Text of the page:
Lens Compatibility - The short answer: F4
More in-depth: The F4 has the greatest level of F-mount lens compatibility of any Nikon body, ever, full stop. Turn out the lights when you leave ;-). Ok, but that doesn't mean you'll be scrounging for glass for an F3, which can use pretty much any F-mount Nikkor with an aperture ring, although mounting an AF lens on one probably throws the universe out of whack :-). There are 8 specific MF Nikkor lenses that cannot be used on an F4: all 8mm f/8; 16mm f/3.5 (Serial#s 272281-290000); 28mm f/3.5 (625611-999999; 35mm f/1.4 (385001-400000); all 55mm f/1.2; all old-type reflex 1000mm f/6.3; all 21mm f/4; all old-type PC 35mm f/3.5. Also, the AF teleconverter TC-16 for the F3AF cannot be mounted on an F4. The new E-type AF Nikkors are not usable on either camera, and G-type (no aperture ring) AF Nikkors can only be used in Shutter-priority or Program on the F4. Both models have the flip-up AI (Automatic Aperture Indexing) tab, allowing the use of non-AI (Pre-1977) Nikkors with stop-down metering. ***NOTE*** S-mount (rangefinder) Nikkors are not compatible with F-mount SLRs and will not mount without at least jamming and possibly damaging an F-mount camera.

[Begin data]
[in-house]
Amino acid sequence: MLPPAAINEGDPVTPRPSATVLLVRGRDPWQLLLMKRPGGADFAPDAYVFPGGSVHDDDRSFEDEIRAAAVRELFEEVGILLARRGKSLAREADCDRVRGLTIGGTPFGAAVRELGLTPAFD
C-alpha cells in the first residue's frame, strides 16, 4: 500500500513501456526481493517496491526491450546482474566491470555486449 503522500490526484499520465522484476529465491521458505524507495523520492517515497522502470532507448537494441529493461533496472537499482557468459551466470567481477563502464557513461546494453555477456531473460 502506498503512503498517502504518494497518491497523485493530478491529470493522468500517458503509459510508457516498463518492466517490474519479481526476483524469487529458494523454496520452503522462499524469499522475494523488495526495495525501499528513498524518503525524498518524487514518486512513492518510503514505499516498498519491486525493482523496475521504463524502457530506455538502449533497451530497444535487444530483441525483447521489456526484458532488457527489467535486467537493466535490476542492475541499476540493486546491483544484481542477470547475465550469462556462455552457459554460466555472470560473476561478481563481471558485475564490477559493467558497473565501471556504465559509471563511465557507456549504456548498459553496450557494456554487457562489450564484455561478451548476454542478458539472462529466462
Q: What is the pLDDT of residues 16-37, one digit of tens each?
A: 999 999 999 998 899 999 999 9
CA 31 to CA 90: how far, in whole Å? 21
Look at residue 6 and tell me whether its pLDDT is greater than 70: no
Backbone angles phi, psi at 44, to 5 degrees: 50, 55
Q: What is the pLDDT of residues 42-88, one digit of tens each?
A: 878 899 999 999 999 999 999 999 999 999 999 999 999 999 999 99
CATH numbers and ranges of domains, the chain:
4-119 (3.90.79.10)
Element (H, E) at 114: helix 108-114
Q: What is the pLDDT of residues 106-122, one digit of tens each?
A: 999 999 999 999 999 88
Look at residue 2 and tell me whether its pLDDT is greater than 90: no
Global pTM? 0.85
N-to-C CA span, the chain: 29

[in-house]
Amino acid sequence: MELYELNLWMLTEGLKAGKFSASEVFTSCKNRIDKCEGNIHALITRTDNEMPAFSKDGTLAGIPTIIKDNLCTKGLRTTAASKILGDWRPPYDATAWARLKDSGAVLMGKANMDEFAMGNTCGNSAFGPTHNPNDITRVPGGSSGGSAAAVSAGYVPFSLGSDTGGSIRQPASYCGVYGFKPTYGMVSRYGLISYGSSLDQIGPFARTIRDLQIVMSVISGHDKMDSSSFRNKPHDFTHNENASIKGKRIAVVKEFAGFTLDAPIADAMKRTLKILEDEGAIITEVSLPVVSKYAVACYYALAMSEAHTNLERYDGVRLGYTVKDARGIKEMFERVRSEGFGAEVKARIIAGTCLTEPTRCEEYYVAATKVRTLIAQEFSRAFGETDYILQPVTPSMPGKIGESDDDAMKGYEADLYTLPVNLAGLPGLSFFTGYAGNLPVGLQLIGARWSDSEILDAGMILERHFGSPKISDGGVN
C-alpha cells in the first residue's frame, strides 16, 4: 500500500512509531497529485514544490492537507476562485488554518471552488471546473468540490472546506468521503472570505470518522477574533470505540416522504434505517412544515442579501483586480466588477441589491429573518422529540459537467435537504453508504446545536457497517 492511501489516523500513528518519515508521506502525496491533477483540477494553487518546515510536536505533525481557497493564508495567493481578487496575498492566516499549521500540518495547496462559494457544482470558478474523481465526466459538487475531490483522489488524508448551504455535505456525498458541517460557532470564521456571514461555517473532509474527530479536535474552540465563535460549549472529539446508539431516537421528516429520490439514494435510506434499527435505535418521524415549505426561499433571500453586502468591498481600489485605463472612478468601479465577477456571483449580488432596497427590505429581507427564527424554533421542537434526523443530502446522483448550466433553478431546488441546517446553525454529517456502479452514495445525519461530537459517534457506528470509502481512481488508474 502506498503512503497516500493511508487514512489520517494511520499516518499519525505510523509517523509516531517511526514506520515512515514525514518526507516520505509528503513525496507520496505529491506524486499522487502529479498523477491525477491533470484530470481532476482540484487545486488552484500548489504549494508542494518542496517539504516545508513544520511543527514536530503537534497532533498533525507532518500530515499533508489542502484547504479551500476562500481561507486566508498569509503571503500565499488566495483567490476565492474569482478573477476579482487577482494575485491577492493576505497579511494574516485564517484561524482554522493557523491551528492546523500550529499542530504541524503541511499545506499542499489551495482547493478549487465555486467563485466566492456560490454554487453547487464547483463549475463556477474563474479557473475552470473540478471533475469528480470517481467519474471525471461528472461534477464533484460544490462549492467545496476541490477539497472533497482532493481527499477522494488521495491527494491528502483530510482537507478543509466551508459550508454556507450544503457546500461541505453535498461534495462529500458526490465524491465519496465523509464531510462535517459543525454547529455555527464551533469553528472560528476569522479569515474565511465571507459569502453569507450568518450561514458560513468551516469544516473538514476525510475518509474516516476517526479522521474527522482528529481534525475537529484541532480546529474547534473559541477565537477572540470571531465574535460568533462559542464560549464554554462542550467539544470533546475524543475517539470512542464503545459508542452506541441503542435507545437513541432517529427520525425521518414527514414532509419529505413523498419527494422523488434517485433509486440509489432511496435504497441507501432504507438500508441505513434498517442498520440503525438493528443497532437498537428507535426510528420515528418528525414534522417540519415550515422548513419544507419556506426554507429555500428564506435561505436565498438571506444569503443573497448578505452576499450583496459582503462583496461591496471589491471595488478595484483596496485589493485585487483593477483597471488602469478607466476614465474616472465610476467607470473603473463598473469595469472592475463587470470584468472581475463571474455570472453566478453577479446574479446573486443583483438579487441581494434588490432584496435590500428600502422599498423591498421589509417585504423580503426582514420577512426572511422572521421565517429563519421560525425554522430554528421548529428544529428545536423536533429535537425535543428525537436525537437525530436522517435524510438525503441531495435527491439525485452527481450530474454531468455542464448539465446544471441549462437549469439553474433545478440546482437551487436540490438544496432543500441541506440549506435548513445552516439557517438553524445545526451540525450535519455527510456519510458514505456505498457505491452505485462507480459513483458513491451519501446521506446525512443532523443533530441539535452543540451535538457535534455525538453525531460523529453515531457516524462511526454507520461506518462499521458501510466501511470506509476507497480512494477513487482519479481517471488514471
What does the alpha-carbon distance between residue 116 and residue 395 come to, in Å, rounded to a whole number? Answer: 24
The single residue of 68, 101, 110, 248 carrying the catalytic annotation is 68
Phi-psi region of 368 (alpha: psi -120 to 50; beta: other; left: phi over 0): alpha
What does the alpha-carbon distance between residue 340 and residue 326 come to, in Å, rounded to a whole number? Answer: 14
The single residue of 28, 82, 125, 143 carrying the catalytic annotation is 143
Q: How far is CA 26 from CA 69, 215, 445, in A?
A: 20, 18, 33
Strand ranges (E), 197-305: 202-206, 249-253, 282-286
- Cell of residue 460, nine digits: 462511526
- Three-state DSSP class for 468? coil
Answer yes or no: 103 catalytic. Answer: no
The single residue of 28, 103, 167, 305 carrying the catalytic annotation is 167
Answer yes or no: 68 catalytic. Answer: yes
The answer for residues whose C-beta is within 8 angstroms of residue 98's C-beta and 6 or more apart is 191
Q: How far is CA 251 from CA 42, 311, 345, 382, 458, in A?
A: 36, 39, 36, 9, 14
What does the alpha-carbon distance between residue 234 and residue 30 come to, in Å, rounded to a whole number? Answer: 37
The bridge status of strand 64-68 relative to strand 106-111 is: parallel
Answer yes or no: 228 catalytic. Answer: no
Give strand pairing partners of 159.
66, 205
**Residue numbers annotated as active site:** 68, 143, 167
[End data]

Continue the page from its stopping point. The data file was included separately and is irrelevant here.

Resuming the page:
Ergonomics - The short answer: only YOU can determine what fits you best!